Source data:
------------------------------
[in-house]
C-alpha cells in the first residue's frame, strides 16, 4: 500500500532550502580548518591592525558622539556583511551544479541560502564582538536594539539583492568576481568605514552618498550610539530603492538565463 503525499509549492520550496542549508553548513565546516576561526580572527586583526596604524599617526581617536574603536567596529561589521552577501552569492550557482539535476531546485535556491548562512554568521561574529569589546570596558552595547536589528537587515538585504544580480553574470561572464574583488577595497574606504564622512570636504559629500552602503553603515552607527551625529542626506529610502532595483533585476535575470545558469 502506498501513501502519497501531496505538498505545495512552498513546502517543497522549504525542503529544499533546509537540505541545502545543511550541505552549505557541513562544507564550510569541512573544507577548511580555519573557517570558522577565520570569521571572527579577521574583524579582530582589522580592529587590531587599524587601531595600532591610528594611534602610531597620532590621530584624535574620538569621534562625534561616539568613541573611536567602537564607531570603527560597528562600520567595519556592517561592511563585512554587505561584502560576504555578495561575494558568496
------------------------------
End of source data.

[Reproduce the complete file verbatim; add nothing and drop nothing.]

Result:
[in-house]
C-alpha cells in the first residue's frame, strides 16, 4: 500500500532550502580548518591592525558622539556583511551544479541560502564582538536594539539583492568576481568605514552618498550610539530603492538565463 503525499509549492520550496542549508553548513565546516576561526580572527586583526596604524599617526581617536574603536567596529561589521552577501552569492550557482539535476531546485535556491548562512554568521561574529569589546570596558552595547536589528537587515538585504544580480553574470561572464574583488577595497574606504564622512570636504559629500552602503553603515552607527551625529542626506529610502532595483533585476535575470545558469 502506498501513501502519497501531496505538498505545495512552498513546502517543497522549504525542503529544499533546509537540505541545502545543511550541505552549505557541513562544507564550510569541512573544507577548511580555519573557517570558522577565520570569521571572527579577521574583524579582530582589522580592529587590531587599524587601531595600532591610528594611534602610531597620532590621530584624535574620538569621534562625534561616539568613541573611536567602537564607531570603527560597528562600520567595519556592517561592511563585512554587505561584502560576504555578495561575494558568496